Community Solar is a different model for solar energy. Instead of putting a solar array on an individual home, which requires home ownership, the right sunny location, a load bearing roof and fairly large upfront investment, Community Solar brings together a group of participants to build one larger solar array.

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Production Snapshot


Community Solar


After an overwhelming interest in Community Solar, PUD 1 moved forward with project here at the PUD warehouse. The site location was chosen for its solar exposure, visibility and cost-effective proximity to existing electrical infrastructure. The arrays were installed ahead of schedule and the project began generating electricity to the PUD 1 electric grid in April of 2016 ahead of schedule.

We had 121 participants in the 19.25 kW project. For the life of the solar projects (estimated to be 20 years) participants will receive an annual bill credit for the percentage of energy generated. Through the year 2020, participants will also receive a generous Washington State Production Incentive specifically for Community Solar, which is double the incentive for personal systems on a single home.

The PUD would like to thank all the customers who registered to participate, in addition to Bonneville Environmental Foundation for their support in planning the project and South Sound Solar for all of their continued support and follow up on the quality of the equipment and data reporting.

Read the Mason County Journal article on the project here. To review the last version of the Frequently Asked Questions on the project, click here. View the Participation Agreement here.

Community Solar Payback Calculator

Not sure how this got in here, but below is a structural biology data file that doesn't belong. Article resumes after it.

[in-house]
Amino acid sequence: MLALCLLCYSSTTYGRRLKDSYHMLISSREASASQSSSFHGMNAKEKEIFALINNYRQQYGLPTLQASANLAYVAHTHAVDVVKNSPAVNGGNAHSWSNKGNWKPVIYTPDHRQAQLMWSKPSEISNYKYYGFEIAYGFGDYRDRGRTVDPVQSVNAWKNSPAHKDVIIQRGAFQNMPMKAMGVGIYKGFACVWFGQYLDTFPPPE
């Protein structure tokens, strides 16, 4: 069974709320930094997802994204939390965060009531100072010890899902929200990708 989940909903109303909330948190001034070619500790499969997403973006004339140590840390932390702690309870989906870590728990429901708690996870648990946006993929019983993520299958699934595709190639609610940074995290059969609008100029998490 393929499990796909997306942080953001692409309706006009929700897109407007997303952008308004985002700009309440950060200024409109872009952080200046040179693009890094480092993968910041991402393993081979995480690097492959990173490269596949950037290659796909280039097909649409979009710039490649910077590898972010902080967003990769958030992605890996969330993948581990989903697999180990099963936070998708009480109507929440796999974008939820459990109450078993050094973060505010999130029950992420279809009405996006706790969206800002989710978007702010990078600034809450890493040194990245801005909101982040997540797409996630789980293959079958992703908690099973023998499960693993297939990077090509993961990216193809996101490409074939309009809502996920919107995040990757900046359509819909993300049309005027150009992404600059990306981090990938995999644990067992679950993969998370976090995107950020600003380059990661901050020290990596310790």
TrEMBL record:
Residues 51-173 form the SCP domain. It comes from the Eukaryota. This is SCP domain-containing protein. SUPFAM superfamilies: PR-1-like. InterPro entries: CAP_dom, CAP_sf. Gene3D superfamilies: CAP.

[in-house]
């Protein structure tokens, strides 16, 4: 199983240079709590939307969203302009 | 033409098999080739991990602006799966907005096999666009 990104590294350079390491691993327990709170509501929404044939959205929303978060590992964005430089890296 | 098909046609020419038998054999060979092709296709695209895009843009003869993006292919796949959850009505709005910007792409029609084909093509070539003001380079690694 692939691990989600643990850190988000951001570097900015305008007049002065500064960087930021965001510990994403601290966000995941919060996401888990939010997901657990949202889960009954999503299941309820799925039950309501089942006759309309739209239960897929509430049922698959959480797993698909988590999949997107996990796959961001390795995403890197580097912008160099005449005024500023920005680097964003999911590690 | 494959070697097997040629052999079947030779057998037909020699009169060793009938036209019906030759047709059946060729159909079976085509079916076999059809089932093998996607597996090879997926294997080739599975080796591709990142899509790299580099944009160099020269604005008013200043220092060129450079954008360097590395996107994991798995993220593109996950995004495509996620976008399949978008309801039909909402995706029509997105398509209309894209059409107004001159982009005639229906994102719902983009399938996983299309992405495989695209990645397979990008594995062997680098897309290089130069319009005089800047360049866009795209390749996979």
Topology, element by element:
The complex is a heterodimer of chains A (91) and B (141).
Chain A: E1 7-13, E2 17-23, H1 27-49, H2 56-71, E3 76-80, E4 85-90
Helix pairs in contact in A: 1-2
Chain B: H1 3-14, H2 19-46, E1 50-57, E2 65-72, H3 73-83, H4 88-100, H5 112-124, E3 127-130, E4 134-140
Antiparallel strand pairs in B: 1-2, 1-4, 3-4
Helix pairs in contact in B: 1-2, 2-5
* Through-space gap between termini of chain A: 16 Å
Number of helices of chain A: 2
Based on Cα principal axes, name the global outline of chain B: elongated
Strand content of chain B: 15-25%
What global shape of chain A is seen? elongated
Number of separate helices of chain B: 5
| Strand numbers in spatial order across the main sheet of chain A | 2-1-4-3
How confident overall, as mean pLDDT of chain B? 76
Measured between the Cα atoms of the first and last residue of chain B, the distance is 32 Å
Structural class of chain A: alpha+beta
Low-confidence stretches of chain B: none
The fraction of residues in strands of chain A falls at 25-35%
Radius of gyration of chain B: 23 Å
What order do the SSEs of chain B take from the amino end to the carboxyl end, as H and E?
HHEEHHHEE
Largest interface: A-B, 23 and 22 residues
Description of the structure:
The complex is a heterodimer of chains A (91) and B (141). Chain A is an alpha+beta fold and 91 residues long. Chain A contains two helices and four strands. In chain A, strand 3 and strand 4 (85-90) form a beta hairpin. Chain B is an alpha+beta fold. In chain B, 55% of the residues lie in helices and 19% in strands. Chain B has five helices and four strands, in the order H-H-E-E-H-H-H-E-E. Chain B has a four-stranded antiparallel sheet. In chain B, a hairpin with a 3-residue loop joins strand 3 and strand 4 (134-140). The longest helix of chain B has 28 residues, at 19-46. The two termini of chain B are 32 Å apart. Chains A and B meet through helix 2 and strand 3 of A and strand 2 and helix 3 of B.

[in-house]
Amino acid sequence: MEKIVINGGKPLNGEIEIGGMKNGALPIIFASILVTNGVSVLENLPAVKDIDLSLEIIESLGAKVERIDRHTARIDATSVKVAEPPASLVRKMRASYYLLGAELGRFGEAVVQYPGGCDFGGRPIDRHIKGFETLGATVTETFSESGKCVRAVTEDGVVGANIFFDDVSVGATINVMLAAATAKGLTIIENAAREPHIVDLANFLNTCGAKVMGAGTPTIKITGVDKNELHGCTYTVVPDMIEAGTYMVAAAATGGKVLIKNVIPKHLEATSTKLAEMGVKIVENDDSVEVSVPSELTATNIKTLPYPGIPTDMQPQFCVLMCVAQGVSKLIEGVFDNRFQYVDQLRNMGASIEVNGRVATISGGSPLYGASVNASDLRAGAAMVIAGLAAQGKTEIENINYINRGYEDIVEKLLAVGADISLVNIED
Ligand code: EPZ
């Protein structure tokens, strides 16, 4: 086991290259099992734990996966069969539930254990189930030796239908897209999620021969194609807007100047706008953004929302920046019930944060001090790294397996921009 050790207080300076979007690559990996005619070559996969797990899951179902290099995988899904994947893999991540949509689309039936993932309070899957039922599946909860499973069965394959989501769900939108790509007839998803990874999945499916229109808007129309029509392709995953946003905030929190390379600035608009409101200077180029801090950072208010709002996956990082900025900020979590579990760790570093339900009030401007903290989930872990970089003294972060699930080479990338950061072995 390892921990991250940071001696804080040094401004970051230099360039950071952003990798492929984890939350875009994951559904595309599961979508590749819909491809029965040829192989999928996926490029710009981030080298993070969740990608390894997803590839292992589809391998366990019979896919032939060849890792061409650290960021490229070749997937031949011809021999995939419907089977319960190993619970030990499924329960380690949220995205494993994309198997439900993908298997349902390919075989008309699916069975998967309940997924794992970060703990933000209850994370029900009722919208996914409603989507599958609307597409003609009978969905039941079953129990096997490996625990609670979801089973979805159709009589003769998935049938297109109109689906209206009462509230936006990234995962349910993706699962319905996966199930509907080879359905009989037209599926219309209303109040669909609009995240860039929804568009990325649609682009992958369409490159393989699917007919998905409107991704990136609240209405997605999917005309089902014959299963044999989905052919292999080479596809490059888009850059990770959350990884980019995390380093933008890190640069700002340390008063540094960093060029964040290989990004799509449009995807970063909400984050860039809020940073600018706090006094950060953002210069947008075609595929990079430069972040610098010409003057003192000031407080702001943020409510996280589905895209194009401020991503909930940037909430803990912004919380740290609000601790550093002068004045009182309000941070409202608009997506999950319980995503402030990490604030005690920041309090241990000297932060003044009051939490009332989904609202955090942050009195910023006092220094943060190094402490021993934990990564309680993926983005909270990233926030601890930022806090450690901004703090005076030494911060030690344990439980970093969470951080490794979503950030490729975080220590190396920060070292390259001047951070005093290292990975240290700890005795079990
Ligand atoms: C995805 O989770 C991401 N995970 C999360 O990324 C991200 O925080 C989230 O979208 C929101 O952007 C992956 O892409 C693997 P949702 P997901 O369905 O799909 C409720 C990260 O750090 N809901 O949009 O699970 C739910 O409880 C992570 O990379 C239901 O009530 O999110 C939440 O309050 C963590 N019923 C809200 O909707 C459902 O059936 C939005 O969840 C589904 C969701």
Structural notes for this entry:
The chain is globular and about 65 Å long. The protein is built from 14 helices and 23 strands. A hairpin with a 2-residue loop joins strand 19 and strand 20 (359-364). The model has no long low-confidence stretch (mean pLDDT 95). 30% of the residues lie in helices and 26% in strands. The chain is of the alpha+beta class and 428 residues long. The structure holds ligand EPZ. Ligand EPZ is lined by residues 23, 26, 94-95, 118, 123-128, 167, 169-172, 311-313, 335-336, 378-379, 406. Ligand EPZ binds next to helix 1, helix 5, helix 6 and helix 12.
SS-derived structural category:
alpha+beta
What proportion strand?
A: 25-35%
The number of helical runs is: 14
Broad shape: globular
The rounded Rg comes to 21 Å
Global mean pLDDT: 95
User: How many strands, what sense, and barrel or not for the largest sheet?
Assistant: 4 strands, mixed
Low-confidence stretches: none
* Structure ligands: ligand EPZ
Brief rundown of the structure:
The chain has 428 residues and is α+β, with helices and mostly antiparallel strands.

The Community Solar Payback Calculator is intended to assist Mason PUD 1 customers in making their decision to participate in Mason PUD 1's Community Solar project.

1. Based on existing incentives included in Washington State law set to expire June 30, 2020.

2. An energy investment's Simple Payback Period is the amount of time it will take to recover the initial investment in energy savings, dividing initial installed cost by the annual energy cost savings. While Simple Payback is easy to compute, its weakness is that it fails to factor in: the time value of money, inflation, project lifetime or operation. To take these factors into account, a more detailed Lifecycle Cost Analysis must be performed. Simple Payback is useful for making "ballpark" estimates of how long it will take to "recoup" an initial investment.

3. Estimated payback calculation is based on numerous assumptions including the capacity factor of the units, Washington State incentive, price per installed kW, no cost of financing, etc. There is no guarantee of the estimated payback period.

4. Estimated payback calculation does not take into account the Federal Investment Tax Credit or the taxability of the incentive payments for State or Federal purposes. Please consult your tax advisor.

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